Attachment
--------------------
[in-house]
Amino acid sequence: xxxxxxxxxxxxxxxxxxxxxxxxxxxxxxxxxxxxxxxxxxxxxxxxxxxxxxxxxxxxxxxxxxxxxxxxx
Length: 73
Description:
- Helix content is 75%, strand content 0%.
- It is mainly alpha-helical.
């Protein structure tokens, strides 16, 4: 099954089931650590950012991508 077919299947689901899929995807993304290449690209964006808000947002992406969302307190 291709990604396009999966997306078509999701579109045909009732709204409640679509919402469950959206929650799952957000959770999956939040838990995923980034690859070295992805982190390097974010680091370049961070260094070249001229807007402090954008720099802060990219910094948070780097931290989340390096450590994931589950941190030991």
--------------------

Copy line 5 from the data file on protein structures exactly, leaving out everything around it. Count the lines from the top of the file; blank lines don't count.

- Helix content is 75%, strand content 0%.